Small Hands


by Nina Szarka



I wonder what they did to you, to make you like this. Nobody is just like this. People transform into this. People are made this way.

Maybe it was the same thing that drove your brother to drink himself to death. The same thing that caused you to bully the other kids at school. Bullies are made. Created in the image of the bullies that came before them, like a succession of soaking wet gremlins.

I wonder what things Fred said to you, to make you feel such a desperation. He probably told you that Real Men are dynamic and powerful. That the only kind of man good enough for a woman is a Real Man. The kind of man who wed Mary.

Mary was just an impoverished Scottish hillbilly with an eighth-grade education, from a family humiliated by her slutty sister’s scandal until Fred rescued her. He must have made her feel very grateful. It was the 1930’s, and what women needed were powerful men. Men who could pay for things. Men who were respected and feared by other men. Men who could claim them and protect them and keep them from starving. Mary was just a servant, fresh off the boat, after all. She was a nobody. She was the worst possible thing to be- aside from unwed and pregnant. Mary was poor.

She must have had such pride in her new life, and such animosity for that which she had left behind. In order to be properly rescued, you have to hate the place you left. You have to abandon it completely. You have to despise everyone and everything that reminds you of it. It’s easy to be charitable to the unfortunate, just as long as nobody forgets you are not one of them. You have to remain separate. There is you, and there is them. This is how you know you are winning.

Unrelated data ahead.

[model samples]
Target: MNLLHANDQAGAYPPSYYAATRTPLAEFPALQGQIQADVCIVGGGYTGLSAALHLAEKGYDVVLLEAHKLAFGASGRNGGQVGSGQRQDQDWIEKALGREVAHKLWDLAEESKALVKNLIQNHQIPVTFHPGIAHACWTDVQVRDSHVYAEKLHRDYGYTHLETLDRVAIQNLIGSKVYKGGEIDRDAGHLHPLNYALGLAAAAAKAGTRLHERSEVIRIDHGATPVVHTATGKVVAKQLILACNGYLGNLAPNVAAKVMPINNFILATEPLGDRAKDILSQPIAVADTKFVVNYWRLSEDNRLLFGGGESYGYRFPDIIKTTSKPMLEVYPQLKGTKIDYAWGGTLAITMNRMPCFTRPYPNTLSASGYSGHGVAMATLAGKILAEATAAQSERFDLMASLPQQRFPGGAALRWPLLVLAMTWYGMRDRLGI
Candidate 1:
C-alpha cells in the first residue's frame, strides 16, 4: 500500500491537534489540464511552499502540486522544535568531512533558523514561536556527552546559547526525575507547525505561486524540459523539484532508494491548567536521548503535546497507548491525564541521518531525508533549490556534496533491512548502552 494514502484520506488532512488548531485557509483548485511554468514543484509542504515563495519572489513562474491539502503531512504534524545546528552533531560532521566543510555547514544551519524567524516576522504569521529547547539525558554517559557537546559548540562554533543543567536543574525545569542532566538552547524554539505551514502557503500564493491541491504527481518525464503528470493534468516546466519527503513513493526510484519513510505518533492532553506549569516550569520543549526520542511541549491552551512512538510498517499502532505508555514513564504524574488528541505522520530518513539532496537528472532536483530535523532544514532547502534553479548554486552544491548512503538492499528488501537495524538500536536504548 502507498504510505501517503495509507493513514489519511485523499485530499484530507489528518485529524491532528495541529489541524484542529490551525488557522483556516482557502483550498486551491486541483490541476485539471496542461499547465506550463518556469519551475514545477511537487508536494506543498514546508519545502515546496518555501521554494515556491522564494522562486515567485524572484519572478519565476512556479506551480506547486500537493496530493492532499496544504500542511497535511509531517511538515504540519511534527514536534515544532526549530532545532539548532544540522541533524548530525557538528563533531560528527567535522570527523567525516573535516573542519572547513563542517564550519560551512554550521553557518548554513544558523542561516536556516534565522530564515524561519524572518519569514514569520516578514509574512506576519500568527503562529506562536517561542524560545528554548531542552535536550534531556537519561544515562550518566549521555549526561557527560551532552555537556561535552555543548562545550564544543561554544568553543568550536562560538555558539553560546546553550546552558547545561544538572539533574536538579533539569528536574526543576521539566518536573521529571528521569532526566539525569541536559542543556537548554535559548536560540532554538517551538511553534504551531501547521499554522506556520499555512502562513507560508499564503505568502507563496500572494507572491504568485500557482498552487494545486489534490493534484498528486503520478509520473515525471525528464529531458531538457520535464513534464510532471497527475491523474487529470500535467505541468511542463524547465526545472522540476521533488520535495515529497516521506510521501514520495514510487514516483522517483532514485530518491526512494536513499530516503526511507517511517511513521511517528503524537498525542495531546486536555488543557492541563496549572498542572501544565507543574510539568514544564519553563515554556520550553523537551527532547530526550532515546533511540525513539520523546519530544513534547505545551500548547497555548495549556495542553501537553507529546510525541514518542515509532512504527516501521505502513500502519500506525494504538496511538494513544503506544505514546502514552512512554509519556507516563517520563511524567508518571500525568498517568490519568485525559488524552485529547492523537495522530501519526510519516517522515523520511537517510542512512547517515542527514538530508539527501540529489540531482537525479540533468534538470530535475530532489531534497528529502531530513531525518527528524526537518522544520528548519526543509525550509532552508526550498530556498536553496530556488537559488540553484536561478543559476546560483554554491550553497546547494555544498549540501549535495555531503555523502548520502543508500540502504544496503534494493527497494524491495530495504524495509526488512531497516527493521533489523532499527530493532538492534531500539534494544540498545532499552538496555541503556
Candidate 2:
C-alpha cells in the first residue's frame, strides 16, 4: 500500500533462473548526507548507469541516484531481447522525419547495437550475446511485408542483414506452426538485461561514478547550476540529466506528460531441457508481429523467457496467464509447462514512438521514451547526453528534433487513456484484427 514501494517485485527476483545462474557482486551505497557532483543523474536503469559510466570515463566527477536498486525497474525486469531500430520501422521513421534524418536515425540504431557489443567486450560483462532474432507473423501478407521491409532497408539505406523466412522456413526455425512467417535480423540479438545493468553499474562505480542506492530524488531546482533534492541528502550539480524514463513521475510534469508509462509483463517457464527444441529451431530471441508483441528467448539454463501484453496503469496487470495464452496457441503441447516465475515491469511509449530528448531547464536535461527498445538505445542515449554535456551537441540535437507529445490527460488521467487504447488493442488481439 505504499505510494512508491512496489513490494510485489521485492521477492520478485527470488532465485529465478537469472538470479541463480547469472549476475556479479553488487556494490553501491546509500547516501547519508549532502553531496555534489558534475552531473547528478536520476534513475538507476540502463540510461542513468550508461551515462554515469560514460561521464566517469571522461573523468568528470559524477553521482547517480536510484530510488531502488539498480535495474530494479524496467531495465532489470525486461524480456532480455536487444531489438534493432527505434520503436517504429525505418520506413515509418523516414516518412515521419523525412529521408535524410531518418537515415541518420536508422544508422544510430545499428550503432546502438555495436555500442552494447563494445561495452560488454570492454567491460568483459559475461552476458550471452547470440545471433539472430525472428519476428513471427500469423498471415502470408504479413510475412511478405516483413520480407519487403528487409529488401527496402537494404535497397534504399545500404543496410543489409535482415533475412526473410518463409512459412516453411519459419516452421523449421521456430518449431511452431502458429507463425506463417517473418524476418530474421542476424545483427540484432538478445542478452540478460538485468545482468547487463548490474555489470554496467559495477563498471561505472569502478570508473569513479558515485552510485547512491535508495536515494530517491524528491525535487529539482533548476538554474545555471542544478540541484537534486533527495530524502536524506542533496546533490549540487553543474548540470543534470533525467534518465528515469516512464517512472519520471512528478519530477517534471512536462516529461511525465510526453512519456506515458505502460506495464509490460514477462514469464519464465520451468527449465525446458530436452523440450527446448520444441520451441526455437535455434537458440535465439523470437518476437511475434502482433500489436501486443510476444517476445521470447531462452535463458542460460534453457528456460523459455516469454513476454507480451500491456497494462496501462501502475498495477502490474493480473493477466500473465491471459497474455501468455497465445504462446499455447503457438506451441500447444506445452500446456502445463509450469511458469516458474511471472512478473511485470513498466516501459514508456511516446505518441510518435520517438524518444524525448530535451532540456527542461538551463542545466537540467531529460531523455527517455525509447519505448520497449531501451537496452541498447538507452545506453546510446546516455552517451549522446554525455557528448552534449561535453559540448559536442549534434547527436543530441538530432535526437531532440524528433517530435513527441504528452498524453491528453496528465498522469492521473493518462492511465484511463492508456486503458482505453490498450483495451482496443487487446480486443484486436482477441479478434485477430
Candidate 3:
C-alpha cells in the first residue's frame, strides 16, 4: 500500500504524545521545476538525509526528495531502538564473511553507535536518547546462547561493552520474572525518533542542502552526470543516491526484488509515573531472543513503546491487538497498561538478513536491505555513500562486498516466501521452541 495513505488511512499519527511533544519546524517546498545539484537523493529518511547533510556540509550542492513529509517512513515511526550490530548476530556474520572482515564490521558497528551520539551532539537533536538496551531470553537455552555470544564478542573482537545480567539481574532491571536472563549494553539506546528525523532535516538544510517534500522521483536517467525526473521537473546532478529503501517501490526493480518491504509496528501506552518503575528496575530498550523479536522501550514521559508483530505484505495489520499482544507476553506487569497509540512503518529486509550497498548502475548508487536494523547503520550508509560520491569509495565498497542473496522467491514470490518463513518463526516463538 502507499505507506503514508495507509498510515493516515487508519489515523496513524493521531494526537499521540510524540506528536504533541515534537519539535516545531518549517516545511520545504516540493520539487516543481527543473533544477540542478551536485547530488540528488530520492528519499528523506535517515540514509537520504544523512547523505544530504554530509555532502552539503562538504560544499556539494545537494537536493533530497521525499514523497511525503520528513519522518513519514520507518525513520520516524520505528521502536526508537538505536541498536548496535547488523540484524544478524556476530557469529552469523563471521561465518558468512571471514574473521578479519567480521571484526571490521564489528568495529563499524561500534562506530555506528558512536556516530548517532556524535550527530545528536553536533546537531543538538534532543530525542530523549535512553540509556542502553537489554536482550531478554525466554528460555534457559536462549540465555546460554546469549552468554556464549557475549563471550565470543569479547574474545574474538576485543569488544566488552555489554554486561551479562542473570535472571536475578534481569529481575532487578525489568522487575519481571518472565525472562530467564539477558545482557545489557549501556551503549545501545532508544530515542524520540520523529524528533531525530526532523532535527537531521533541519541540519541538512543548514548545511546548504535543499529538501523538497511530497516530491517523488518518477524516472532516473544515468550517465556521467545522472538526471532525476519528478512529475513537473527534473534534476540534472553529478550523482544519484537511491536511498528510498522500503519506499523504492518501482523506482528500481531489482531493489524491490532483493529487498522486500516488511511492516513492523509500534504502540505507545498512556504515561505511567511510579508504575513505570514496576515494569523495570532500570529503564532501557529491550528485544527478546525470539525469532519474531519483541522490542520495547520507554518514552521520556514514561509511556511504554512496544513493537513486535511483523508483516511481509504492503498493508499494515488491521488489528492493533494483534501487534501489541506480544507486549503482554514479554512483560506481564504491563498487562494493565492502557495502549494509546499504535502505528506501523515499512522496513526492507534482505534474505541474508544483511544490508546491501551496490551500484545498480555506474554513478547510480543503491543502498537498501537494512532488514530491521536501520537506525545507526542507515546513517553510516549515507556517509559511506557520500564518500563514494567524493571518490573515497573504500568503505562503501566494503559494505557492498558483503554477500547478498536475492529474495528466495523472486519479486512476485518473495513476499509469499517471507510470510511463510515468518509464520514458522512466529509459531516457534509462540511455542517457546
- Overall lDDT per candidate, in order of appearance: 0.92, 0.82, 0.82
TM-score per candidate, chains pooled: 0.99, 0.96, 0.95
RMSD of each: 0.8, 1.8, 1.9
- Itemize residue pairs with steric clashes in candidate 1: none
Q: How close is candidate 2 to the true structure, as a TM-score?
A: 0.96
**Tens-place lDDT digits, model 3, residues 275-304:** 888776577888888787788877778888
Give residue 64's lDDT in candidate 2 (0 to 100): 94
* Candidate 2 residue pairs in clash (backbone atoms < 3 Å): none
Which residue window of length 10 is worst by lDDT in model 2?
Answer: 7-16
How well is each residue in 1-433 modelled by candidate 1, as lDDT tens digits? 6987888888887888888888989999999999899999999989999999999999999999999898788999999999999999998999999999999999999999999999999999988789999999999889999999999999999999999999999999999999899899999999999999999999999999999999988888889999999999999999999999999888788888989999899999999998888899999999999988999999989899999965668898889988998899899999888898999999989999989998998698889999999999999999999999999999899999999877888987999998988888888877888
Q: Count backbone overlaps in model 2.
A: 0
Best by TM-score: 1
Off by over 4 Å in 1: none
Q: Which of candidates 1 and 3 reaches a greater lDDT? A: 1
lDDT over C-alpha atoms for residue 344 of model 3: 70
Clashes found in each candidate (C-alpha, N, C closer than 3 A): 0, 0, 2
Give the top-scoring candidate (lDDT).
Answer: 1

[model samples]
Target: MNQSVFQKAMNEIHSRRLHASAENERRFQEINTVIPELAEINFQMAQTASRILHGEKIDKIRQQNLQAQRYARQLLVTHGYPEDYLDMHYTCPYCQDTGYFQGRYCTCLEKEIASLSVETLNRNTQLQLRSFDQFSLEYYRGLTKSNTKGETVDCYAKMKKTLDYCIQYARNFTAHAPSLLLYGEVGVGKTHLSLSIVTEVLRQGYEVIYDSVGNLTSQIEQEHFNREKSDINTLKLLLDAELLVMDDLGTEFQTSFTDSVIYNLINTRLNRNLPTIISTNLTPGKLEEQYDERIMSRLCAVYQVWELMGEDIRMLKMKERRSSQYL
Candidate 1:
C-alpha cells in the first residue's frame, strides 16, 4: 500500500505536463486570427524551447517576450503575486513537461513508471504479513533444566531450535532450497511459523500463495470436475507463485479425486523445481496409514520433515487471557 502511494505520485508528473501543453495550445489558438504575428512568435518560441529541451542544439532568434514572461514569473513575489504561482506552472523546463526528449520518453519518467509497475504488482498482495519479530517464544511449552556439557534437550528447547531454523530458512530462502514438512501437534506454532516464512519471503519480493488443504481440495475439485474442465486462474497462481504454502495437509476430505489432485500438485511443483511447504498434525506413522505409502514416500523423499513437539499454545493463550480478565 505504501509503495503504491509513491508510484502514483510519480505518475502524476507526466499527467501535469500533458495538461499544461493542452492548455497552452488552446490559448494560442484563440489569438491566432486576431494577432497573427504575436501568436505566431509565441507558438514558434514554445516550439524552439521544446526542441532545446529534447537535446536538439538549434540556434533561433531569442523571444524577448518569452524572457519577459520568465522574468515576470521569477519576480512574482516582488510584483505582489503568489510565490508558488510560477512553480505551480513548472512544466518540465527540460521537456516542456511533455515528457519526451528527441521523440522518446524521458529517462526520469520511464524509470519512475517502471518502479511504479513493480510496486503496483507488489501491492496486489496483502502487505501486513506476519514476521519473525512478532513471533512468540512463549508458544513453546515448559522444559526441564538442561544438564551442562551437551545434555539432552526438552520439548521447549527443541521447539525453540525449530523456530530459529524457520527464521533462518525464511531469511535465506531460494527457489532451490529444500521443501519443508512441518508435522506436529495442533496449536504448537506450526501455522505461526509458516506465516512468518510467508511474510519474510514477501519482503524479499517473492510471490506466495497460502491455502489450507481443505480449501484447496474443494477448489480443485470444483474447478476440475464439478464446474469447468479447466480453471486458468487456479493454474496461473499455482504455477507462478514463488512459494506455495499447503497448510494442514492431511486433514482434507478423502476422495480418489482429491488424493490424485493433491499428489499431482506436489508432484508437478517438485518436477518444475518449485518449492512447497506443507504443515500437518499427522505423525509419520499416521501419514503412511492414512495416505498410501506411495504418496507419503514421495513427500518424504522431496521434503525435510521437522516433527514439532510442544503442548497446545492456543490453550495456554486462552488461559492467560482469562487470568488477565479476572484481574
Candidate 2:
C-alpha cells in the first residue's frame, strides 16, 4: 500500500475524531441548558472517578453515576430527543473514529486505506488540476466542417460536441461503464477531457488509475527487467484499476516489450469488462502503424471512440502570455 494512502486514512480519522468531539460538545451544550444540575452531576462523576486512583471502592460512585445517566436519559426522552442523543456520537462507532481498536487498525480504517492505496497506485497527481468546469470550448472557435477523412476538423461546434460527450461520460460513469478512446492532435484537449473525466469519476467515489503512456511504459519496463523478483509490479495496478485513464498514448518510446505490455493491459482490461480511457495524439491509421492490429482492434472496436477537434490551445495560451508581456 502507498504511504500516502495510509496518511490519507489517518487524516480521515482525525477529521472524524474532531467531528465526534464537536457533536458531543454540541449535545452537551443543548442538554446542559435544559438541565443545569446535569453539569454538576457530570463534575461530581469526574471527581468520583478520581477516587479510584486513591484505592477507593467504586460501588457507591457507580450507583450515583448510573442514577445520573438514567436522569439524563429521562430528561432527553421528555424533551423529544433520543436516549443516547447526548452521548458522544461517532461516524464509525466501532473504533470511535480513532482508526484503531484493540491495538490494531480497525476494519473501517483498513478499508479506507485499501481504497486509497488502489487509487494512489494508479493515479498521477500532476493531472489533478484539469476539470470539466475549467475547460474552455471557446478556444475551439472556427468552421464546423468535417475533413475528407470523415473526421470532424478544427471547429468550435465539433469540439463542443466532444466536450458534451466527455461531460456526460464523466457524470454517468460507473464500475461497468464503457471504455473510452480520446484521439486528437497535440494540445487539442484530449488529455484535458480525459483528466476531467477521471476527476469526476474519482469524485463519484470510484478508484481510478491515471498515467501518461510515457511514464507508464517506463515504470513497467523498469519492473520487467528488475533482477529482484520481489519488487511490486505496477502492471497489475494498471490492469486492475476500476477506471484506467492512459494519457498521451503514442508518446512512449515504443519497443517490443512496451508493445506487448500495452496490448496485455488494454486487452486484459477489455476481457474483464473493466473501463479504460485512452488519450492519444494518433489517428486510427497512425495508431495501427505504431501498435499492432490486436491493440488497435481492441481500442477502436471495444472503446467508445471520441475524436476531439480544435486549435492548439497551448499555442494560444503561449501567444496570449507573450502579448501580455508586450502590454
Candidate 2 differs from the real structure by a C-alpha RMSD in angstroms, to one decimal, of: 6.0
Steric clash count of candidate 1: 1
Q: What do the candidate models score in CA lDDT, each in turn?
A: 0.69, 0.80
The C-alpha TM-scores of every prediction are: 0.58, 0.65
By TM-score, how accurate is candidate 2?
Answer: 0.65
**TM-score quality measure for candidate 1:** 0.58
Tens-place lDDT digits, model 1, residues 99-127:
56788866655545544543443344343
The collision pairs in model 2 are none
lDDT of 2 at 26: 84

It must have been her only point of power, of accomplishment, in a time when the best thing a woman could do for herself was marry well. And you needed to be the kind of man your mother would have married. The kind of man who would be enough to be considered “well”. A man like Fred.

You had to be as good as Fred. No one would ever want you unless you were as good as Fred. Fred, who brought his tough negotiation style home with him. Fred, who the relatives began avoiding, because he conducted professional relationships with even his family members. Your brother couldn’t do it; you had to do it. It was the only way to be a real man. A man other men would want to be. A man women would want.

I wonder what it was like, living in a world where a person’s value was tied only to their power, and not to the contents of their soul. I bet you weren’t allowed to cry. I bet you were never taught the beauty of compassion, of empathy, of kindness. I wonder what it was like, never being given the tools to express vulnerability or pain. I wonder what it felt like, watching Fred work seven days a week, knowing he would never love you as much as he loved that ladder he was climbing. Knowing the only way your own father could ever approve of you was to measure up. To build your own Tower of Babel. To be a Real Man.

A Real Man. Real Men are powerful. Money is power. Fame is power. The ability to maneuver others is power. The holy triad. The only way to be worth anything. The only option for you.

So you learned to force your hand. When you were a grade school bully, your father called you “rambunctious”. He didn’t teach you value of diplomacy, of conflict resolution, of patience. Real Men do not cry, they fight. Real Men grab women by the pussy. Real Men do not back down, even if they’re wrong. Real Men are bulldozers. Real Men are wars. Real Men don’t need to be nurtured, they need to toughen up. Real Men take stuff; they take everything. Real Men marry the most beautiful women, and parade them around, a measure of desirability. Real Men don’t coddle, they provide.